Memories and the brain
(An improved and updated version of this essay has appeared in my book Brief Peeks Beyond. The version below is kept for legacy purposes.)
|Olin Levi Warner's Memory (1896). Source: Wikipedia.|
For over a hundred years science has been looking for physical traces of memory in the brain and has, so far, largely failed in such endeavor. Indeed, this video illustrates one of the fundamental difficulties of the postulate that experiences are somehow materially encoded in the brain. Since memories are themselves conscious experiences, many take the inability of science to locate them in the brain as evidence that consciousness is immaterial, as opposed to being merely a result of brain activity. However, recent scientific papers – of which this one is just the most recent example as of the time of writing – have been putting forward new evidence for material memory correlates. We've debated this briefly in this thread of the message board. Nonetheless, in this article, I want to explore in a bit more depth whether this new evidence contradicts, in any way, the hypothesis that consciousness is not a result of brain processes.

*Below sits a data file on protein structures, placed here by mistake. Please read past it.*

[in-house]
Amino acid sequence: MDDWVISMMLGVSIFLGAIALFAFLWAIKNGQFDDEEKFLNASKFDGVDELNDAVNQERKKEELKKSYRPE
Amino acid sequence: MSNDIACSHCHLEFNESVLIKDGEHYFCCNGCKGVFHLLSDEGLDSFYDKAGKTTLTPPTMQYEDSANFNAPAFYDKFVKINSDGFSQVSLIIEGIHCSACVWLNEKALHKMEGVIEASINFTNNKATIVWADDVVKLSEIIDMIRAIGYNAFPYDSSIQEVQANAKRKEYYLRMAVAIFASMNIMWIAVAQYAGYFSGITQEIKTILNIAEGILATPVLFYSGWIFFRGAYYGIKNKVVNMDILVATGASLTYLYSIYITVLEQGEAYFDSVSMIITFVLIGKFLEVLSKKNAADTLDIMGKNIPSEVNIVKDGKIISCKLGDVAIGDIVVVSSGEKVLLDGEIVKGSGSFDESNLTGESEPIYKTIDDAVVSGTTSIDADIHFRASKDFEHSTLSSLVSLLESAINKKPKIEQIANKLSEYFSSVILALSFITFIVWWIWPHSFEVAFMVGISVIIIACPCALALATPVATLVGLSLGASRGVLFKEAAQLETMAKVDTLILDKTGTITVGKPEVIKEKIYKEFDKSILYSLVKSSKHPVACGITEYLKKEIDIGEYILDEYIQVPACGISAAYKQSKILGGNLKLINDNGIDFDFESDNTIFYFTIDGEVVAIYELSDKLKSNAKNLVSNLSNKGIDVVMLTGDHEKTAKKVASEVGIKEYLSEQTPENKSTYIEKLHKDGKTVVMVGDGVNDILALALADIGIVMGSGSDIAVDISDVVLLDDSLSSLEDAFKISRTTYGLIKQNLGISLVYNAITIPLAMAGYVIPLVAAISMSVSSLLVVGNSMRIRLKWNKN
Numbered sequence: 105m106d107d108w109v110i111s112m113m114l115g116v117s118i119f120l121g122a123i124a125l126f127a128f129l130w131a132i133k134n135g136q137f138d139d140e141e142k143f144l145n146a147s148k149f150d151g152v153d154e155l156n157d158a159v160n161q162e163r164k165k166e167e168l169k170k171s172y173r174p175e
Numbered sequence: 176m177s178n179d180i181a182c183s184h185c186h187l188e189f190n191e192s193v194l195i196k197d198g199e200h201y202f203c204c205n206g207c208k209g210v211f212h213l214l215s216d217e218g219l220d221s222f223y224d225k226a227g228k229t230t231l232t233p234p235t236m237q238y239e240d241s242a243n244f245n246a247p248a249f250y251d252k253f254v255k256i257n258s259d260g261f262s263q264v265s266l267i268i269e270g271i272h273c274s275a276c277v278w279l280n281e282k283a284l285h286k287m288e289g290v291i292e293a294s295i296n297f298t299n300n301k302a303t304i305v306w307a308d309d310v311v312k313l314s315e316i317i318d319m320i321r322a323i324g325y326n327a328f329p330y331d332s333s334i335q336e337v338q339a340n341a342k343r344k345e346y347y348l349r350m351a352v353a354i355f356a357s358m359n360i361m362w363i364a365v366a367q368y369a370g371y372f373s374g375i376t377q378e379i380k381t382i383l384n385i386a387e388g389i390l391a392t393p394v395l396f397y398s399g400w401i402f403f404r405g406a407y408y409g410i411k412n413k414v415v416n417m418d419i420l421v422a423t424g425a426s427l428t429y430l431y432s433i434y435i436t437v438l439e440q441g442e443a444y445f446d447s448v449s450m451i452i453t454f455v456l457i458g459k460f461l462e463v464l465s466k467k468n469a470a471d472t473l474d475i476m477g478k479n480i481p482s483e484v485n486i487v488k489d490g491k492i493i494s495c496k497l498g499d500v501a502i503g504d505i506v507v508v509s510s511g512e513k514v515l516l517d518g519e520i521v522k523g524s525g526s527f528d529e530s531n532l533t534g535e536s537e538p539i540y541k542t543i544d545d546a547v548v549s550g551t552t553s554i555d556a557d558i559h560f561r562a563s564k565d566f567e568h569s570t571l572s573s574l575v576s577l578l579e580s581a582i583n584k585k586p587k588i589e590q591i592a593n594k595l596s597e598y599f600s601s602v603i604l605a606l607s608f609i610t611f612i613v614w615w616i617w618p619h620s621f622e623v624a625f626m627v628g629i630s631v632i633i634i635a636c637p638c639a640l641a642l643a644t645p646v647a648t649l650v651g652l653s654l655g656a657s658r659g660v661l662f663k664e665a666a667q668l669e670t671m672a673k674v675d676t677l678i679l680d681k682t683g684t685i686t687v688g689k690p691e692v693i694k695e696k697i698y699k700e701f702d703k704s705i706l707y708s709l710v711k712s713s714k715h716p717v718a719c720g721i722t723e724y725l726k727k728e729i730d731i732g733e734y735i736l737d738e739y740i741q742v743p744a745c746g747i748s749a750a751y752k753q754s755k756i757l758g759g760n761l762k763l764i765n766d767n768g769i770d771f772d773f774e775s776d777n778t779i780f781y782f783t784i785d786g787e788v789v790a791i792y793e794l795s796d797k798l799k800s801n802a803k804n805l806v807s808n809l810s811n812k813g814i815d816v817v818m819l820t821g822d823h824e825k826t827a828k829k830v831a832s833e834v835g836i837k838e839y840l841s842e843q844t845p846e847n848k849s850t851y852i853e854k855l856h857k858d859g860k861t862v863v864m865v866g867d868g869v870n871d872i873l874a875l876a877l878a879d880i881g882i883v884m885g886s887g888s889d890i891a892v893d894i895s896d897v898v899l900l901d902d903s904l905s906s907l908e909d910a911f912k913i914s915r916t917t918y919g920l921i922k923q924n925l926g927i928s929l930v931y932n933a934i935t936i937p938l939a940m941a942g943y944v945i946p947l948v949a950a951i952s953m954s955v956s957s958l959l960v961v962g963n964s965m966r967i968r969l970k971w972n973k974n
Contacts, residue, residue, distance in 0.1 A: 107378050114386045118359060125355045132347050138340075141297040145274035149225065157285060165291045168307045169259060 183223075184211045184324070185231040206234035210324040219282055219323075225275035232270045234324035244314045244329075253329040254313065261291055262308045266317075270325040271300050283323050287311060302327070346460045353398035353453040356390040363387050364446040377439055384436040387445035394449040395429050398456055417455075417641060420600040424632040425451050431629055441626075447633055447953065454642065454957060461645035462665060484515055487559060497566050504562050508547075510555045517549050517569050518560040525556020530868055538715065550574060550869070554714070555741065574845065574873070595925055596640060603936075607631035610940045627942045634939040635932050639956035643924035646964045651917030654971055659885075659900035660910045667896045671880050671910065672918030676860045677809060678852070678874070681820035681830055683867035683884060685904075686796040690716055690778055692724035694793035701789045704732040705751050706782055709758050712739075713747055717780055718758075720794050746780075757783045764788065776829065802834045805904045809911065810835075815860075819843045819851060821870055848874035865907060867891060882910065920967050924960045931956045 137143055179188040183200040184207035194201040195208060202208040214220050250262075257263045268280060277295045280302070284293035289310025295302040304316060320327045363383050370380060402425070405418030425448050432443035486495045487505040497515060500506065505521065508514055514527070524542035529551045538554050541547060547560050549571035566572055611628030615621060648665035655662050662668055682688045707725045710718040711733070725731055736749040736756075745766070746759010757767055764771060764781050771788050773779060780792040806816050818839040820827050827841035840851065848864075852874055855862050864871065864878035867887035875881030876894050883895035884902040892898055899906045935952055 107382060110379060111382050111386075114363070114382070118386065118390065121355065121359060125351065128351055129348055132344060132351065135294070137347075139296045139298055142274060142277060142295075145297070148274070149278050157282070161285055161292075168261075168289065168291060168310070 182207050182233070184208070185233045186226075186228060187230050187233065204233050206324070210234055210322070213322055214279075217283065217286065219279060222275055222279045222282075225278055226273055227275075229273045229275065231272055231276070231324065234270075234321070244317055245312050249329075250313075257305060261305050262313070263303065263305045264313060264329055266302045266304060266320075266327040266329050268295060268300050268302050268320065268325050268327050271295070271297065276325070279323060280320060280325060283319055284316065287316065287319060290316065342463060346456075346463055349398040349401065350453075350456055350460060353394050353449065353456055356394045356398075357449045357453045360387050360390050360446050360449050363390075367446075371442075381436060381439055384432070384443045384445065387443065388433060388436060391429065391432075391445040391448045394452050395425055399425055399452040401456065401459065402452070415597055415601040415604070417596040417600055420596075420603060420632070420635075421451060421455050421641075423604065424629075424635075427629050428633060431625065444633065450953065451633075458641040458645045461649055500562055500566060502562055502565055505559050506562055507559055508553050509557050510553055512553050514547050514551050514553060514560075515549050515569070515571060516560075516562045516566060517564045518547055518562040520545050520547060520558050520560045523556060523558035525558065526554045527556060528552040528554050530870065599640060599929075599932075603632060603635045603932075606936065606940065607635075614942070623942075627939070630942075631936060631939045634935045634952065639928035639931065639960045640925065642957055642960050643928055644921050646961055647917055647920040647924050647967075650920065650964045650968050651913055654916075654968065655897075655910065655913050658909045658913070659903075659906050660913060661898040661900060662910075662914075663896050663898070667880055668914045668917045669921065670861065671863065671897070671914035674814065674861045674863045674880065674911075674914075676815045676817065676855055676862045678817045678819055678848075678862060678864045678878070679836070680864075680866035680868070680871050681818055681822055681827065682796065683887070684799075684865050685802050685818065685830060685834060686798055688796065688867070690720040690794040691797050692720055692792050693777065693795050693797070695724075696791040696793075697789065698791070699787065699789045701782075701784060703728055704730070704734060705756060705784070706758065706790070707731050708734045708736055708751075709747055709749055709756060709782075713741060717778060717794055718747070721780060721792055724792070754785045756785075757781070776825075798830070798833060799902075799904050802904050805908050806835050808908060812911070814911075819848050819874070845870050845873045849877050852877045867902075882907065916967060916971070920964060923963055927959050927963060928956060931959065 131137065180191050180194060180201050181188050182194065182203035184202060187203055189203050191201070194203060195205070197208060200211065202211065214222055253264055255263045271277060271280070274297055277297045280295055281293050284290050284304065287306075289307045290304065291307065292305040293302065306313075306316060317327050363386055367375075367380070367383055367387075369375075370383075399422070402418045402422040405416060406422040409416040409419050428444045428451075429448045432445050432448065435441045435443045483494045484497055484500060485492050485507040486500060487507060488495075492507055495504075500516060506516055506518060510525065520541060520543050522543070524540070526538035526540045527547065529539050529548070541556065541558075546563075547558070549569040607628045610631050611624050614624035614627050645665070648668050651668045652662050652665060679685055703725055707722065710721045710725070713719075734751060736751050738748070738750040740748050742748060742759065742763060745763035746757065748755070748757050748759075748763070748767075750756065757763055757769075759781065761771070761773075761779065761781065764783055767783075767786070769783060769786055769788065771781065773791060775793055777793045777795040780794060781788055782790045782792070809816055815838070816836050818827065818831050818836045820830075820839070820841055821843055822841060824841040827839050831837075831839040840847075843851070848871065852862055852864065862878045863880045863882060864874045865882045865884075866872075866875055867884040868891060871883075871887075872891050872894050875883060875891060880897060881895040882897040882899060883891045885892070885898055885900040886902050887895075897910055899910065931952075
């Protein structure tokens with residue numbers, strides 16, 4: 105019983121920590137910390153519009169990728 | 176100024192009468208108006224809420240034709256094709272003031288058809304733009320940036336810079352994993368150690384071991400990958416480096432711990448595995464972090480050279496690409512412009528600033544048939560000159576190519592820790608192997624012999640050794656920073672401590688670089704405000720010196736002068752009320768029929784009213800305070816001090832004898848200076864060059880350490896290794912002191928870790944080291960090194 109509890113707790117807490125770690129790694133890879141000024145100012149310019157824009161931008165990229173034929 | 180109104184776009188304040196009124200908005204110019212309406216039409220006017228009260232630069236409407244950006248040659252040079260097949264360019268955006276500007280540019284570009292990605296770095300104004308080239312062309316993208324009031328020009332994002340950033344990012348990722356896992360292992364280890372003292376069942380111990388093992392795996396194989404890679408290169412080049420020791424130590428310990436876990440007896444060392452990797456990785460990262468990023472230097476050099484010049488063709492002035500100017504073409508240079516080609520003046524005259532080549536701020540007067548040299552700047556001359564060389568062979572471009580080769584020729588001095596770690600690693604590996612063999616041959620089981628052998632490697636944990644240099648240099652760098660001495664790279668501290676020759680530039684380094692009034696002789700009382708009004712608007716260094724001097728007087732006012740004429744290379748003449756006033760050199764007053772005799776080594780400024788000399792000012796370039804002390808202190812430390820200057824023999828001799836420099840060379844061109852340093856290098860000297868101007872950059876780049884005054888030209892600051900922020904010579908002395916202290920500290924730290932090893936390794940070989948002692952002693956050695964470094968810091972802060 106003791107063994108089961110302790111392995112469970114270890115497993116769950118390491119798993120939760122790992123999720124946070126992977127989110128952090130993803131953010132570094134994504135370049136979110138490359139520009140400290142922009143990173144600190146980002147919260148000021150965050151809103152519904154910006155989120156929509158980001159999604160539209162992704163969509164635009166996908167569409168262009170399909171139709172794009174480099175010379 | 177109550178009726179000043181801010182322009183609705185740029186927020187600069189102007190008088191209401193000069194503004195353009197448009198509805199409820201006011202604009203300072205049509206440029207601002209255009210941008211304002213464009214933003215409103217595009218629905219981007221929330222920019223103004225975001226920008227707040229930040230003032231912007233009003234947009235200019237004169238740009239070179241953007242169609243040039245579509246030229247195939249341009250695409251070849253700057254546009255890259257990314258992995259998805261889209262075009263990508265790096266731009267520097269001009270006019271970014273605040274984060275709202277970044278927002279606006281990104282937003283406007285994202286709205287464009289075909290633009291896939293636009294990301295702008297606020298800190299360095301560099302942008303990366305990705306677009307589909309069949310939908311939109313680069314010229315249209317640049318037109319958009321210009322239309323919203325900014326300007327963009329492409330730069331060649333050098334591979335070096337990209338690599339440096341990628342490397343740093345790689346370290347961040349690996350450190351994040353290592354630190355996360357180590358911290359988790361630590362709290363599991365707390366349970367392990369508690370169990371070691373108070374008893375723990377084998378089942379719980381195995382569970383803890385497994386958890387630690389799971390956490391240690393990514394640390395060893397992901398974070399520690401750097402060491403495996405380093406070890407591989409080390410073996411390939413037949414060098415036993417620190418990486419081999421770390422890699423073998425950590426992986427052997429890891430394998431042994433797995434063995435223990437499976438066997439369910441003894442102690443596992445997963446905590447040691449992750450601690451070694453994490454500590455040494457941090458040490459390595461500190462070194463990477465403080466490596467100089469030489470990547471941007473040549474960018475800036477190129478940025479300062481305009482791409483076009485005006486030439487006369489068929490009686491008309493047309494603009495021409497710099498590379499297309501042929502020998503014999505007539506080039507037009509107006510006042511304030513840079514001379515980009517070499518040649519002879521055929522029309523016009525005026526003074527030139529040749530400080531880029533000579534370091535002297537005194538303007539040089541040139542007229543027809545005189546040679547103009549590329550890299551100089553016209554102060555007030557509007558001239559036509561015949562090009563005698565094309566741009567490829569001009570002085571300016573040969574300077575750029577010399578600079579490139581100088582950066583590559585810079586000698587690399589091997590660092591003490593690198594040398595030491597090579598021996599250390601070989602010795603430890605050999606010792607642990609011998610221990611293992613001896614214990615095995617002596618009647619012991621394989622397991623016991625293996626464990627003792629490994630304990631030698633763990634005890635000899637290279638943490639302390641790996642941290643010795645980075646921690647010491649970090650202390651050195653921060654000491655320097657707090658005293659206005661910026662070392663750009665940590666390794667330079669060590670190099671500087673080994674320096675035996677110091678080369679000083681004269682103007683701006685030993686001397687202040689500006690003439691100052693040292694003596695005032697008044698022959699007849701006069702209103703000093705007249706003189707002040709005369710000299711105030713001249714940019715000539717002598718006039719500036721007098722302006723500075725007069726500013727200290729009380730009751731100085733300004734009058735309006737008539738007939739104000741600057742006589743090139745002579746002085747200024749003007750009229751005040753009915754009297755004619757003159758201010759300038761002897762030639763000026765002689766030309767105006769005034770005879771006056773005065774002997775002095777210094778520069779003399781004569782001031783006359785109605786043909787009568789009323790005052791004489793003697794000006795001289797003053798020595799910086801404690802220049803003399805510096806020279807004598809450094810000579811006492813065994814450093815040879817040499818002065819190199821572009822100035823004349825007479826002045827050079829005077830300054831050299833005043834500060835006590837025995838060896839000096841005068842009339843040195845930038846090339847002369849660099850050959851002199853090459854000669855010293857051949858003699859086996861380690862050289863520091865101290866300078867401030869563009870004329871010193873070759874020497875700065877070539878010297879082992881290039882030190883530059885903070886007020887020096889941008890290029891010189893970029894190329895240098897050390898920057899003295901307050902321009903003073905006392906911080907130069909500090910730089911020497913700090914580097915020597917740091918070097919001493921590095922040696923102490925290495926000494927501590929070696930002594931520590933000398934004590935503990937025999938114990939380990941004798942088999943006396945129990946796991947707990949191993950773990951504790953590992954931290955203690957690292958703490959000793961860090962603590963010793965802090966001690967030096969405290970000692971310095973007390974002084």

There are three hypotheses for the immaterial nature of consciousness, and its relation to the brain, which I find particularly interesting:
- The so-called 'transmission' hypothesis, which postulates that consciousness exists in an immaterial realm, protruding into space-time through the brain. The latter is then seen as a kind of transceiver of consciousness, 'SCUBA gear' for consciousness to have a material experience;
- The so-called 'filter' hypothesis, which postulates that consciousness is fundamentally non-local and unbound, the brain working as a 'filter' that limits and localizes consciousness to a particular point of space-time. This hypothesis was popularized by Aldous Huxley in the 1950s;
- The 'brain as a knot of consciousness' hypothesis that I put forward myself.